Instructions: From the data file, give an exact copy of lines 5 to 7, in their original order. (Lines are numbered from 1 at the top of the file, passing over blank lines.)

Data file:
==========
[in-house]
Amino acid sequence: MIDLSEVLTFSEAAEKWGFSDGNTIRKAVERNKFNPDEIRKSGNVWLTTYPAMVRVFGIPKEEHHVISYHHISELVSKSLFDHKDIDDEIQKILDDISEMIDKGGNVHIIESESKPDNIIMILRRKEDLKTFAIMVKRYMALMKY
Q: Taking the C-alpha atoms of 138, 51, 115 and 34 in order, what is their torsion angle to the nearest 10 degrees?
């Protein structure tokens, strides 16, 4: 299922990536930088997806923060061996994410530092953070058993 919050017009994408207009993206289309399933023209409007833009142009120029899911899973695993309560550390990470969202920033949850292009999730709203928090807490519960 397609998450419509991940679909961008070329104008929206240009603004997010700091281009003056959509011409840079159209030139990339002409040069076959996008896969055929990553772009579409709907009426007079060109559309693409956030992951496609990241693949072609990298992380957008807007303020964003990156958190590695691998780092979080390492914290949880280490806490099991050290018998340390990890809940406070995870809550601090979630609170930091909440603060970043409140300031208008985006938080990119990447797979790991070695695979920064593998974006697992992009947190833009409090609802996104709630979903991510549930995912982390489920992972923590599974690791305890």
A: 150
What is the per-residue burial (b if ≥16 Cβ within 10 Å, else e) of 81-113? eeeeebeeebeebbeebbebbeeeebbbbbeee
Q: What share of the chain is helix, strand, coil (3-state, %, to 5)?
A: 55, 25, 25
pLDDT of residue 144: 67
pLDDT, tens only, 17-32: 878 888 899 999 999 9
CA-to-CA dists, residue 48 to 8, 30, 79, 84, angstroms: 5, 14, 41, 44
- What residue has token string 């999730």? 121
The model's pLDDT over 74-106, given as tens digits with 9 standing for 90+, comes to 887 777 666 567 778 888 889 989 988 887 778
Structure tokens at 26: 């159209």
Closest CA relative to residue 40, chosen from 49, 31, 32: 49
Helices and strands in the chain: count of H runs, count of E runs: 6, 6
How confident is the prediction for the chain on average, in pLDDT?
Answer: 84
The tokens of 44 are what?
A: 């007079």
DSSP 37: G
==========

A: 150
What is the per-residue burial (b if ≥16 Cβ within 10 Å, else e) of 81-113? eeeeebeeebeebbeebbebbeeeebbbbbeee
Q: What share of the chain is helix, strand, coil (3-state, %, to 5)?